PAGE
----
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Dr Paul Kavanagh, the Council’s Director of Professional Development and Practice, told MI that it wishes to open a discussion on “how we meet the objective of protecting the public through recognising particular areas of medical practice, and whether recognition of a specialty is always the best way to meet that”.
One of the options that will be examined is credentialing. It involves accreditation of competences in an area of practice, but is conducted differently across jurisdictions.
In the UK, for example, the General Medical Council (GMC) is holding a public consultation on introducing “regulated credentials”. This exercise closes in October and recommendations will be made to its governing body next February.
According to the GMC, credentialing will be particularly relevant for doctors who work in areas of medical practice “that aren’t covered by our existing standards for training and in new and emerging areas of medical practice”.
The GMC’s consultation paper says details on a doctor’s credentials would be included on the medical register. The process would allow for inclusion of GPs’ credentialed special interests, for example.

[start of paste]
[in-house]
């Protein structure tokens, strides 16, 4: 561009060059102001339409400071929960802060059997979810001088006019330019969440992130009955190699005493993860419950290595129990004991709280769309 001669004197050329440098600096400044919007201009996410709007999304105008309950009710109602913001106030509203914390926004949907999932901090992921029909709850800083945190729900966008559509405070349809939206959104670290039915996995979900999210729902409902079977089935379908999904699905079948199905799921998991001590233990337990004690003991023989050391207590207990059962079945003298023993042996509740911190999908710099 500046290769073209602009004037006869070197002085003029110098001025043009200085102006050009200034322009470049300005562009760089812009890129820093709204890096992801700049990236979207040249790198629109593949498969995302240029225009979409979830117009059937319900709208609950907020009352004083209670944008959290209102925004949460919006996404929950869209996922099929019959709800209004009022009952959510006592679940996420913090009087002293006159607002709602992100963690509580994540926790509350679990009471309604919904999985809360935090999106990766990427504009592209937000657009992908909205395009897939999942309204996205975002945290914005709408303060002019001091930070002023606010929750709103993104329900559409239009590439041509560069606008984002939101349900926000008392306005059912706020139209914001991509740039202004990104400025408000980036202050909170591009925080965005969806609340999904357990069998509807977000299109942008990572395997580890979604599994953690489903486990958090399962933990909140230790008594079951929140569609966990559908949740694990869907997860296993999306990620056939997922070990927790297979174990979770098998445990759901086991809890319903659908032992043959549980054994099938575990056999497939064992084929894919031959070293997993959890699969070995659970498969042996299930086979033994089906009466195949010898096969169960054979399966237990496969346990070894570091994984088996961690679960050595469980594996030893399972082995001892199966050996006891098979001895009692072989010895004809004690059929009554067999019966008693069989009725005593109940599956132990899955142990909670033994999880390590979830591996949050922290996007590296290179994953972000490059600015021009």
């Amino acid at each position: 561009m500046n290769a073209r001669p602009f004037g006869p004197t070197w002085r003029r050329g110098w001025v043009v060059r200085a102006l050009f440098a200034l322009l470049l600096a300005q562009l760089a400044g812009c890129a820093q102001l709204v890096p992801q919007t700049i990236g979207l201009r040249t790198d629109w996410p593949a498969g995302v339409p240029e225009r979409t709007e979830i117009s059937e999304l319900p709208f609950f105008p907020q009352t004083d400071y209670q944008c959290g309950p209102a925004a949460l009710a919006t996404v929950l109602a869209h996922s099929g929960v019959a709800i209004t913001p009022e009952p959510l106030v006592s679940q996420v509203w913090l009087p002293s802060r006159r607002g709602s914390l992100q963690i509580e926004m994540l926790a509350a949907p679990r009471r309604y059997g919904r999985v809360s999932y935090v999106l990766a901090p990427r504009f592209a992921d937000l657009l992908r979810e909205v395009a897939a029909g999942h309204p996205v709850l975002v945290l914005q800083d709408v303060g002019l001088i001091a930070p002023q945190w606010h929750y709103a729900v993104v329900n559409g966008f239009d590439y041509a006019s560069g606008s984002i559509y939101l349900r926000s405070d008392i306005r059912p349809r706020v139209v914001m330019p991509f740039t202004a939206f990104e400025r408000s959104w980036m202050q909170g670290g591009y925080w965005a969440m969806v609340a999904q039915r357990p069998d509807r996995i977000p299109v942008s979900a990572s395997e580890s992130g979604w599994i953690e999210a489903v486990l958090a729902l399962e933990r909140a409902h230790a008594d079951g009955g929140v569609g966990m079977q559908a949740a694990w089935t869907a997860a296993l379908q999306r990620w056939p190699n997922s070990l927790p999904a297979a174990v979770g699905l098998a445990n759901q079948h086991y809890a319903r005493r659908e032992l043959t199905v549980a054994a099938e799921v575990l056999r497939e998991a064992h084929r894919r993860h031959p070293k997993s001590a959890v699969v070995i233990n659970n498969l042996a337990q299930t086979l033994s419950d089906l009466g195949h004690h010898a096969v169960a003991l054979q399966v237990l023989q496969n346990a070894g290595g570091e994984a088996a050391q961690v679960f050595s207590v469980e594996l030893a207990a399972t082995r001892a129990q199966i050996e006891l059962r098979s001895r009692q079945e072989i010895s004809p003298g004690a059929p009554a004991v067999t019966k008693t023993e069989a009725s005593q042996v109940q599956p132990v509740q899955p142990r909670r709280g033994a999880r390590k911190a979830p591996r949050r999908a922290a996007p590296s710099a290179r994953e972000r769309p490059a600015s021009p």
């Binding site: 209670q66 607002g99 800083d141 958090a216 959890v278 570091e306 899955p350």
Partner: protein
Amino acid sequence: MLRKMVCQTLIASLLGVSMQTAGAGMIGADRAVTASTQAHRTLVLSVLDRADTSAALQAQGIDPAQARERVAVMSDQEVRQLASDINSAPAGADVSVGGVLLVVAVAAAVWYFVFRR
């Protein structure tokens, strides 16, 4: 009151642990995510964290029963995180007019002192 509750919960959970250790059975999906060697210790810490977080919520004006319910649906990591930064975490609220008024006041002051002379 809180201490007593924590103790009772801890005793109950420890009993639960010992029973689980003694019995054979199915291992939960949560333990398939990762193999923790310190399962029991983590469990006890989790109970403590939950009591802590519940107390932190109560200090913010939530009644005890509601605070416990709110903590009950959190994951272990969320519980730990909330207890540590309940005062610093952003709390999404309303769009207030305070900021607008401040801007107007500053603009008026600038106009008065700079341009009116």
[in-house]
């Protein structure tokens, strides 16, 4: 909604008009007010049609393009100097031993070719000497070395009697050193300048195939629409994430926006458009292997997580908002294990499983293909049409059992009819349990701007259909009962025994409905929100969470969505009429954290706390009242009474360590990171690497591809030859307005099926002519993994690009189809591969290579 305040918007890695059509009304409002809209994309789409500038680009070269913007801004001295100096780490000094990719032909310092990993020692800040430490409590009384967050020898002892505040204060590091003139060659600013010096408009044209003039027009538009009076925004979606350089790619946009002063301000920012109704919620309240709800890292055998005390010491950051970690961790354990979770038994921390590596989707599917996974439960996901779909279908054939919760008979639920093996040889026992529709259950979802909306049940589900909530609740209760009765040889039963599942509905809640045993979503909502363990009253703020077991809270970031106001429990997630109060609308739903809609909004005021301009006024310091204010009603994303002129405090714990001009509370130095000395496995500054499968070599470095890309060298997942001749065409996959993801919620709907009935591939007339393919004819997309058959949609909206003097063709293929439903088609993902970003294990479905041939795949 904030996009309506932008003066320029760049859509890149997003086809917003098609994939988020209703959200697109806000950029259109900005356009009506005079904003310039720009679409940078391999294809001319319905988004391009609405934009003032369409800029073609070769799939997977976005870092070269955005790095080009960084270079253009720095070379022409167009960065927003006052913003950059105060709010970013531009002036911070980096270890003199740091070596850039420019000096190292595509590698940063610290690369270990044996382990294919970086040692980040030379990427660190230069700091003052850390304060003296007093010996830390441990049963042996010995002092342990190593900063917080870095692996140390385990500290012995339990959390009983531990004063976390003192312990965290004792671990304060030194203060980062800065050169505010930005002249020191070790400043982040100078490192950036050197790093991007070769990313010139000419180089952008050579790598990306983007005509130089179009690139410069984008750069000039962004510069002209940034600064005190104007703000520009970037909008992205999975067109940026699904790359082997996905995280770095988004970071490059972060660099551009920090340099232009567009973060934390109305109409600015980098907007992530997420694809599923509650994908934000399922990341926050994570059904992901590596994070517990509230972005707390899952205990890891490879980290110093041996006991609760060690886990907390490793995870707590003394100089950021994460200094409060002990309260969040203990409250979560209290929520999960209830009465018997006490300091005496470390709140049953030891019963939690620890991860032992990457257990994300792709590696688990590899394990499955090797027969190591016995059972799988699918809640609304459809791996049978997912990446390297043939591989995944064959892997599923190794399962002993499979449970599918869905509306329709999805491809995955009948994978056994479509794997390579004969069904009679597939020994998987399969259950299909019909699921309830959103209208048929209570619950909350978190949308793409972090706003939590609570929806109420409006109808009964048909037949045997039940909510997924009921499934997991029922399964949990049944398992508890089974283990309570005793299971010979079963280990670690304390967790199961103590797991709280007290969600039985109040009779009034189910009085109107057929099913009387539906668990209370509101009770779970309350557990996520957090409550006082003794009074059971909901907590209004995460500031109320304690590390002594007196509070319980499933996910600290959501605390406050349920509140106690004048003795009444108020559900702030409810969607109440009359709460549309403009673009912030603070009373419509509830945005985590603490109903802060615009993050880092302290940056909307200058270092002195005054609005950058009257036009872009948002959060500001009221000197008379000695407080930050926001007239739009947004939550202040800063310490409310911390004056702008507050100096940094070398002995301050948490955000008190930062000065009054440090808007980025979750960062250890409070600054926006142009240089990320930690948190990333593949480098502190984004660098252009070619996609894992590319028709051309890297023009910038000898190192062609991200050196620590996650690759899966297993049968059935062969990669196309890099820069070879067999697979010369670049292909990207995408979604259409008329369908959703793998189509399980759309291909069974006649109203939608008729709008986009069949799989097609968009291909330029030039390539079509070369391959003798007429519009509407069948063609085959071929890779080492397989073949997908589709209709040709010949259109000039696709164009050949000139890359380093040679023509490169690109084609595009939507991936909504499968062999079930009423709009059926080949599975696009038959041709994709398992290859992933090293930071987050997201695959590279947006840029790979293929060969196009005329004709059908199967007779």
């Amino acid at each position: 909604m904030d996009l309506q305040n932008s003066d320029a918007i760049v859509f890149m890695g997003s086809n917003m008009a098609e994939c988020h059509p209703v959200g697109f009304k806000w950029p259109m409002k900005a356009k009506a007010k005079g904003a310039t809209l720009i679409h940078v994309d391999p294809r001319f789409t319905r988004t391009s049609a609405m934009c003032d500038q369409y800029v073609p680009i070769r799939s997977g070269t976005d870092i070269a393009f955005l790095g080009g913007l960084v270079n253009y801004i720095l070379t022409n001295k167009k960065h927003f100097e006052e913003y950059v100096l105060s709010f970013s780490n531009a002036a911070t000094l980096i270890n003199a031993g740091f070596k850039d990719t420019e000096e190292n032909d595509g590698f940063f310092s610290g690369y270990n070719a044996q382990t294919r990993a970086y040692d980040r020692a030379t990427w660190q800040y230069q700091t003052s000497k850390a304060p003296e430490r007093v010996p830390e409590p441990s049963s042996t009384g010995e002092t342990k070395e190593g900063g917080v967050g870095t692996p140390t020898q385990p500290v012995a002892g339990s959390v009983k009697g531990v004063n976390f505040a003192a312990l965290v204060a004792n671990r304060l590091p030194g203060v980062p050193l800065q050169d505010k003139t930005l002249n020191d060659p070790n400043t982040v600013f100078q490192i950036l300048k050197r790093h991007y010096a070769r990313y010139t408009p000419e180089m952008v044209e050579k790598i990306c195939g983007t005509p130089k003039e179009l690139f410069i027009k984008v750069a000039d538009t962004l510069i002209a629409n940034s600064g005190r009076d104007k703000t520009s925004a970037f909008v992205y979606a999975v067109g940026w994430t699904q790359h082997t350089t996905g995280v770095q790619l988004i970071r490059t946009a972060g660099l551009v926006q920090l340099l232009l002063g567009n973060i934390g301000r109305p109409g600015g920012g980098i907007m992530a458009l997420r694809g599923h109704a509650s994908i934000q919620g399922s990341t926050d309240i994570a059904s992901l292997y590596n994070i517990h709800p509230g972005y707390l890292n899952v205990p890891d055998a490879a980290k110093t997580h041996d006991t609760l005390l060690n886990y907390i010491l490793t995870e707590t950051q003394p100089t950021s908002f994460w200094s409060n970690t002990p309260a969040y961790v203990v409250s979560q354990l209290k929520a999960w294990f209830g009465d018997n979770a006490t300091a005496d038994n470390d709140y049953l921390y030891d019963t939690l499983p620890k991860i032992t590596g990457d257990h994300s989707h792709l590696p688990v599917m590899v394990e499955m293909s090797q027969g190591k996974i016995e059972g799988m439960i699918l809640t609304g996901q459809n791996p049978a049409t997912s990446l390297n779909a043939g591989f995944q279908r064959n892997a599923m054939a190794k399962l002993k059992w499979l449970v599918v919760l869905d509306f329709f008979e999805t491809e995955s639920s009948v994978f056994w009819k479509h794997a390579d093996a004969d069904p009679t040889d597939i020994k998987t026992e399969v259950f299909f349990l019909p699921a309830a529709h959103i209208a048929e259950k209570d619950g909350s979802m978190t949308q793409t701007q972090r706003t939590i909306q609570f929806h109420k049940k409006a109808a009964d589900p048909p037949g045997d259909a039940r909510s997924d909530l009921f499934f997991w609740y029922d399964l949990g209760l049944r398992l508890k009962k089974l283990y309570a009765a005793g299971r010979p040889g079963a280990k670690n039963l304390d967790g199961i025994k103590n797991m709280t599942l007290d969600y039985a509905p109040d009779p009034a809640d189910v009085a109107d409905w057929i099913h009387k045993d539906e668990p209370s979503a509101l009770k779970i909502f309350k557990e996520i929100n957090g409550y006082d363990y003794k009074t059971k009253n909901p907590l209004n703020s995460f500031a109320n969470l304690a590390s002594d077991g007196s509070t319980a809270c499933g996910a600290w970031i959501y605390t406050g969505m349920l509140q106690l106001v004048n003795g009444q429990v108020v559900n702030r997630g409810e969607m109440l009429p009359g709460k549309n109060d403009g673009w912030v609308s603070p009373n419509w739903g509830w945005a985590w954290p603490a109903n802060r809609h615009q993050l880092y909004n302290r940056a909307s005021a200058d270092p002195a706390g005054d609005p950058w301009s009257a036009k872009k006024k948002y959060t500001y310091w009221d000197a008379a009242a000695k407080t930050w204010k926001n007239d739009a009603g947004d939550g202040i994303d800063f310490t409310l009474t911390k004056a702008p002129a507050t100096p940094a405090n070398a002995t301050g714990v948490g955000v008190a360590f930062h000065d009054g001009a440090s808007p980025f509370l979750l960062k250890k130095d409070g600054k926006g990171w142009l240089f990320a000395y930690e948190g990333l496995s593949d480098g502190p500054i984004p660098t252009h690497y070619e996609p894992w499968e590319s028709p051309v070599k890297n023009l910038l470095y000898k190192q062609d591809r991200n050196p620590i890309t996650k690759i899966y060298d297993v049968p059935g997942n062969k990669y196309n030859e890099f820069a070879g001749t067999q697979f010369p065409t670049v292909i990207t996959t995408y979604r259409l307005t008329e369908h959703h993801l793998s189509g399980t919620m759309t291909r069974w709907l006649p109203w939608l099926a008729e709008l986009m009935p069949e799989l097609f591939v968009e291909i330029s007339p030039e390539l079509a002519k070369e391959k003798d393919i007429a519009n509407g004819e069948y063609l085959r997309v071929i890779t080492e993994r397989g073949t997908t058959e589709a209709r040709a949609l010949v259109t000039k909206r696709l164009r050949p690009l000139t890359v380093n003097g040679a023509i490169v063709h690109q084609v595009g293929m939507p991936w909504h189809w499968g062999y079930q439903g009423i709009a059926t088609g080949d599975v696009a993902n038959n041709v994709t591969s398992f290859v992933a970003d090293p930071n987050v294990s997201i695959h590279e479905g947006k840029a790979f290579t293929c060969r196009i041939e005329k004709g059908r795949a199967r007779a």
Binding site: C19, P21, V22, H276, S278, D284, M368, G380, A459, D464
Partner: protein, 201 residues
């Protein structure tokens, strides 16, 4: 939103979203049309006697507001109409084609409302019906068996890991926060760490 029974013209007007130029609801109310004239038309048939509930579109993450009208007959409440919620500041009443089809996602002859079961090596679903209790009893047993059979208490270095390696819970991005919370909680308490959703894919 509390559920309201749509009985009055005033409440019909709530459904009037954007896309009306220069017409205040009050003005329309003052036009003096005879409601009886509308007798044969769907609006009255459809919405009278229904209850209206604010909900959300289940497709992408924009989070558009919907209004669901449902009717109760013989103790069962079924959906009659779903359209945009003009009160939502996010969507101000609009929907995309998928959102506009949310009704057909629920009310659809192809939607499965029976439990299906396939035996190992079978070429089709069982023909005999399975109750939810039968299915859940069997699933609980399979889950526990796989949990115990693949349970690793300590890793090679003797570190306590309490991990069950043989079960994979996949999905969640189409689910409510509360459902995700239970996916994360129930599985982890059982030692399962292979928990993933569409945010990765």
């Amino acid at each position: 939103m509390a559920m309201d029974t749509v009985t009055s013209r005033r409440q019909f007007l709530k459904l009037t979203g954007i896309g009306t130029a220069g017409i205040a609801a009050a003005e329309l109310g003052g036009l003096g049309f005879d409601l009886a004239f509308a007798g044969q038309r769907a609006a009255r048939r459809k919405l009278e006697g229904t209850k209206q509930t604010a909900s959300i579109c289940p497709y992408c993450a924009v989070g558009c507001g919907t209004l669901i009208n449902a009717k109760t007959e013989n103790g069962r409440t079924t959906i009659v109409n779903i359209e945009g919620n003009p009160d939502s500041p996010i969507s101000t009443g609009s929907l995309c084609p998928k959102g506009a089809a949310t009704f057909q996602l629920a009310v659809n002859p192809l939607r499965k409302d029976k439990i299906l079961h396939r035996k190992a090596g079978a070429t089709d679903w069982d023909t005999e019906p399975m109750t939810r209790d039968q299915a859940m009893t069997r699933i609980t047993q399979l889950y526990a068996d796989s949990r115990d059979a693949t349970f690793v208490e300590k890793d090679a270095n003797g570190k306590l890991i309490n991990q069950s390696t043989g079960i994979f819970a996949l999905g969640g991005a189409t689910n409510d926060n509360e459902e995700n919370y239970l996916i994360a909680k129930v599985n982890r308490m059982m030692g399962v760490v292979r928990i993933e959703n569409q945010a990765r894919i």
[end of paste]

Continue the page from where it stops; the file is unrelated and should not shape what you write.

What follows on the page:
Areas of medical practice that have been suggested as suitable to become credentials include breast disease management, psychosexual medicine and medical leadership and management. The UK regulator would set standards and requirements that credentials must meet.
In 2008, the Report of the Commission on Patient Safety and Quality Assurance recommended that a credentialing system be explored in Ireland.
However, it described credentialing as a process “whereby healthcare organisations review the qualifications and track record of doctors and other professional staff who are either joining or are already working within their organisations”.
The report noted that, in the US, credentialing was linked to the concept of privileging, “which is used by healthcare providers to define the scope of practice of healthcare practitioners”.
The Council will be looking at the GMC’s work in the UK, as well as jurisdictions where credentialing and privileging tend to operate as clinical governance processes.